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$50 million donated by Bloomberg Charities to help fight the opioid crisis

Bloomberg Philanthropies has pledged $50 million to assist ten states battling the ongoing epidemic of opioid addiction in the country.

Bloomberg Philanthropies has pledged $50 million to assist ten states battling the ongoing epidemic of opioid addiction in the country.

Multi-billionaire Michael Bloomberg, a former mayor of New York City, who set up the philanthropy, broke the news of the donation on Nov. 30, saying the money will be spent over three years.

In making the announcement, Bloomberg described the program in the first ten states as a sort of test case. Techniques found to be successful will then possibly be funded with more money on a wider scale in the future, he said.

Pennsylvania, a state particularly hard hit by the epidemic, will get the first chunk of money – $10 million. The Keystone State lost nearly 5,400 people from drug overdoses last year, a higher number of deaths than any other state. Tom Wolf, Pennsylvania’s governor, already has ideas about spending the money on existing state programs, particularly those that have made naloxone, which can save a person who has overdosed, widely available in pharmacies.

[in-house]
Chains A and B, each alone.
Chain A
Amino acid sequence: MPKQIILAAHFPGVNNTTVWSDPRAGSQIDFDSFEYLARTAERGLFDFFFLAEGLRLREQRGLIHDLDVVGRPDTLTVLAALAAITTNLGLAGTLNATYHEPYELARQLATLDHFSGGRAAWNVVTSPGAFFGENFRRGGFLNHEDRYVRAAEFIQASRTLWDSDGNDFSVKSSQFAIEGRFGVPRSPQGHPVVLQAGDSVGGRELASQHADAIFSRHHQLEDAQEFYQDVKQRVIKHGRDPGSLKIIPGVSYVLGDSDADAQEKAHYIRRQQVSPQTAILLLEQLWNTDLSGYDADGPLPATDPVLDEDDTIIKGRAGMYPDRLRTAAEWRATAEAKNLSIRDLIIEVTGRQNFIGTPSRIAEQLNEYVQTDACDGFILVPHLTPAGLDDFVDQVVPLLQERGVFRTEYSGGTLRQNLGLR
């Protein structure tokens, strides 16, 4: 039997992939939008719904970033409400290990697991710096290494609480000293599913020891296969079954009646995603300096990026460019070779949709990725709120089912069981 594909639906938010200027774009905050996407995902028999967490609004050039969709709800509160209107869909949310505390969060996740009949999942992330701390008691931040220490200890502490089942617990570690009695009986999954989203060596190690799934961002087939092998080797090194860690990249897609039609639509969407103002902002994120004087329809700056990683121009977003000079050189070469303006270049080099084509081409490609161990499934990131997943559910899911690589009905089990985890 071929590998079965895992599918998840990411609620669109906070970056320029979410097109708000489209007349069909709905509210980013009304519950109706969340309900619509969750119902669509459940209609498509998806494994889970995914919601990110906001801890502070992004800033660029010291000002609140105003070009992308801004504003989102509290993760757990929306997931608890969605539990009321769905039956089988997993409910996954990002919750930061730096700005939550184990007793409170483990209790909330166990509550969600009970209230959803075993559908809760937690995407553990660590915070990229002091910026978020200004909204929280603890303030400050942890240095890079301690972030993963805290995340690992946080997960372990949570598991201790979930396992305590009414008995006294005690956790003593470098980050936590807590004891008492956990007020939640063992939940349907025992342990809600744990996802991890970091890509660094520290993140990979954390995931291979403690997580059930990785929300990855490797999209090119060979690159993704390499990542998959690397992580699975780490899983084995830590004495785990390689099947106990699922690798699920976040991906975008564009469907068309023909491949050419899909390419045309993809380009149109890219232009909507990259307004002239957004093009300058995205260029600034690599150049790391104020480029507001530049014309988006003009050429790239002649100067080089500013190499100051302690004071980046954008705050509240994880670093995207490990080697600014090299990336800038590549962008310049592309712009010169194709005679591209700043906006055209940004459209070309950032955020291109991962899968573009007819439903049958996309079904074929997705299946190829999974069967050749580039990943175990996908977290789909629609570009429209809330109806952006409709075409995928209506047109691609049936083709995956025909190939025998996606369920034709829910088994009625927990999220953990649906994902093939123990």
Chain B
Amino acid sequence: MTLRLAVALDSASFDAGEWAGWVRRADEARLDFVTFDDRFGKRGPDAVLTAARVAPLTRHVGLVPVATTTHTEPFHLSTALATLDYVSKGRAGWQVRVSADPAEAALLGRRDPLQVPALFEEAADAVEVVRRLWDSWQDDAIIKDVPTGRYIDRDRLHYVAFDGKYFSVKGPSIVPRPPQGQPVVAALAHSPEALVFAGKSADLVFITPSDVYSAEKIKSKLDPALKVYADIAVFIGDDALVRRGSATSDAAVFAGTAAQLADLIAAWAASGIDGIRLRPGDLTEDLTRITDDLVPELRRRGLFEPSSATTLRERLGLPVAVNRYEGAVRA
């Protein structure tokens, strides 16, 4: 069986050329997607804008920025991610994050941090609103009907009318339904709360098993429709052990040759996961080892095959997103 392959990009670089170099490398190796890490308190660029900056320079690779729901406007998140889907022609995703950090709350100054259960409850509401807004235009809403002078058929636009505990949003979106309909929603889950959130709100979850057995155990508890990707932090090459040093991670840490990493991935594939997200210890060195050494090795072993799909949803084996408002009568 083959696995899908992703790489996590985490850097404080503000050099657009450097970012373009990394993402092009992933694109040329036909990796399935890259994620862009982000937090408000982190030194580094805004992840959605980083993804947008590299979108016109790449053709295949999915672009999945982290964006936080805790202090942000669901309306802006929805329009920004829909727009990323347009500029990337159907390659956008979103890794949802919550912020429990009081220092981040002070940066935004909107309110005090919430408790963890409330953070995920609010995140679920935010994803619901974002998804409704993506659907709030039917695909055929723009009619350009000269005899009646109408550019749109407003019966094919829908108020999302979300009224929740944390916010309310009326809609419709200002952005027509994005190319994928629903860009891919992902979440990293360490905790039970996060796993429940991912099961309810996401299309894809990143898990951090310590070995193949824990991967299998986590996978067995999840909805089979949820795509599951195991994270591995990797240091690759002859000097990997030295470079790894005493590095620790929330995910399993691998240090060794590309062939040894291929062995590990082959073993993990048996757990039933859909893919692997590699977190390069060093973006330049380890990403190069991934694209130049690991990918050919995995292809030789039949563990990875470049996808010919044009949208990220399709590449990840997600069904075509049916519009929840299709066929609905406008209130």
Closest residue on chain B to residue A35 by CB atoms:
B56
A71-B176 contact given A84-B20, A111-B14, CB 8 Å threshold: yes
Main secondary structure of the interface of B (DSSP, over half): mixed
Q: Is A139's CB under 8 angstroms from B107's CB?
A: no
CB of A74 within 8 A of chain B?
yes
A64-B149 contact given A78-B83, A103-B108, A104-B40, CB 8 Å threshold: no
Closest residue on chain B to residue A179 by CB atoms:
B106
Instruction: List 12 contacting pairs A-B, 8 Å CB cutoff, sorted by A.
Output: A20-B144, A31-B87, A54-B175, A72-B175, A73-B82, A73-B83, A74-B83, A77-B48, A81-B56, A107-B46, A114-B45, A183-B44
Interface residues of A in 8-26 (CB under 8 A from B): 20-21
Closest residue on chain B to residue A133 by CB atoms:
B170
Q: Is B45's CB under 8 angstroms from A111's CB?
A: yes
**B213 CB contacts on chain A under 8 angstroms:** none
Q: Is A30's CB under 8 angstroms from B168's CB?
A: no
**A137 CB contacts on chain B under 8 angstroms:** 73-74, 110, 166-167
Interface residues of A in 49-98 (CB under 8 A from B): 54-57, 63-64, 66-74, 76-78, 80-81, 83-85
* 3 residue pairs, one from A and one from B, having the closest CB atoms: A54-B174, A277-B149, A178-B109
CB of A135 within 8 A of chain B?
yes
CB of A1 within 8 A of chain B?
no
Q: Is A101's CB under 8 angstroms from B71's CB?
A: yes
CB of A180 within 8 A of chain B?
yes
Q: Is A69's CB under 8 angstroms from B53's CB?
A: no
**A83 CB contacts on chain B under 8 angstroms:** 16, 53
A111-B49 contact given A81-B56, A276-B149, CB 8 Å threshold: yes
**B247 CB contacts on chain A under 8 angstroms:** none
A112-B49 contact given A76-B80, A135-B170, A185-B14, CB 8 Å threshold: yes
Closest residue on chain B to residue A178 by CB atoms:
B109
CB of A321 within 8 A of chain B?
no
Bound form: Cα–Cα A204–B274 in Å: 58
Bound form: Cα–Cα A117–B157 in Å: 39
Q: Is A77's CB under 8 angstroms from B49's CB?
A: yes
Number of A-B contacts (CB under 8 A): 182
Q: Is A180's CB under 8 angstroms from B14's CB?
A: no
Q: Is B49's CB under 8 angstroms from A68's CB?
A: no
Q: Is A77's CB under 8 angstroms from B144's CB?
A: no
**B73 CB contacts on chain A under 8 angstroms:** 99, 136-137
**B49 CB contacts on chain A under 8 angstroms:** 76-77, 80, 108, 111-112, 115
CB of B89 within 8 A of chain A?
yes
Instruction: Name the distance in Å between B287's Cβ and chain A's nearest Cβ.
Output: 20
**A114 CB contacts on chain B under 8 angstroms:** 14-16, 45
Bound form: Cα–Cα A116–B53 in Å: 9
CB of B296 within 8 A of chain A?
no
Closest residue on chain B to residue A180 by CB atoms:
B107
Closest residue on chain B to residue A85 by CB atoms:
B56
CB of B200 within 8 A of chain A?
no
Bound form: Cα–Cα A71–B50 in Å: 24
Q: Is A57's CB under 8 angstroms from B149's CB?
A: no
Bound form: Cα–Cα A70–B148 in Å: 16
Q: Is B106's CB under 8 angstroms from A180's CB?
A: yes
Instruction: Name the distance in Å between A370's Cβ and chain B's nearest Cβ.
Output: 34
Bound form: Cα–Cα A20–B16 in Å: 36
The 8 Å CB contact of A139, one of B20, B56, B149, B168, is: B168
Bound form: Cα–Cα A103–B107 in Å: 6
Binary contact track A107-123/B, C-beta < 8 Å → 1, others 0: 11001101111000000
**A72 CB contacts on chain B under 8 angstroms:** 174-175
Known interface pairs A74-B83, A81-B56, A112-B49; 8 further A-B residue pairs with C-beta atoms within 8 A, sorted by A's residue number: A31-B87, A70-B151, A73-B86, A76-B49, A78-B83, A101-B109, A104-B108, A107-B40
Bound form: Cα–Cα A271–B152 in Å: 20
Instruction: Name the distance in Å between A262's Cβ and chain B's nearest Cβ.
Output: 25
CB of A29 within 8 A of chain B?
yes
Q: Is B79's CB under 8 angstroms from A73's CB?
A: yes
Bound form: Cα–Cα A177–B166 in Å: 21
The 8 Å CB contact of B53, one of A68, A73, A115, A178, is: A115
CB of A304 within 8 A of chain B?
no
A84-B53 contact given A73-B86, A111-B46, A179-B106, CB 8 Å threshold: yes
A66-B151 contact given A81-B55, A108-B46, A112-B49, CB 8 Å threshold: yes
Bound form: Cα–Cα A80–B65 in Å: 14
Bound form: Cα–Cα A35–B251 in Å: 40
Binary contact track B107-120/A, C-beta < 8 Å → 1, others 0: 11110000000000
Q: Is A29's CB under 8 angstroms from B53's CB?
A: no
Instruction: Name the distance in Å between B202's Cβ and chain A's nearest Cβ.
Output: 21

The death rate in the United States from opioid abuse and drug overdoses has been rising steadily. Last year more than 70,000 Americans died of drug overdoses, according to the U.S. Centers for Disease Control and Prevention, with 47,600 of those deaths from opioid drugs.

Worth some $50 billion, Bloomberg, who is 76, has been considering running for the U.S. presidency in 2020 as a Democrat.

Pennsylvania will probably not spend any of the money on so-called “safe drug use” sites, where users can smoke or inject drugs without stigma, while under benign supervision. Though such centers are popular ideas in some places, Gov. Wolf is opposed to them in his state, particularly as they are against U.S. law and the Department of Justice has pledged to crack down on them.

Bloomberg, who has not committed himself to a presidential run, said that this donation is not linked to any future political ambitions he may have.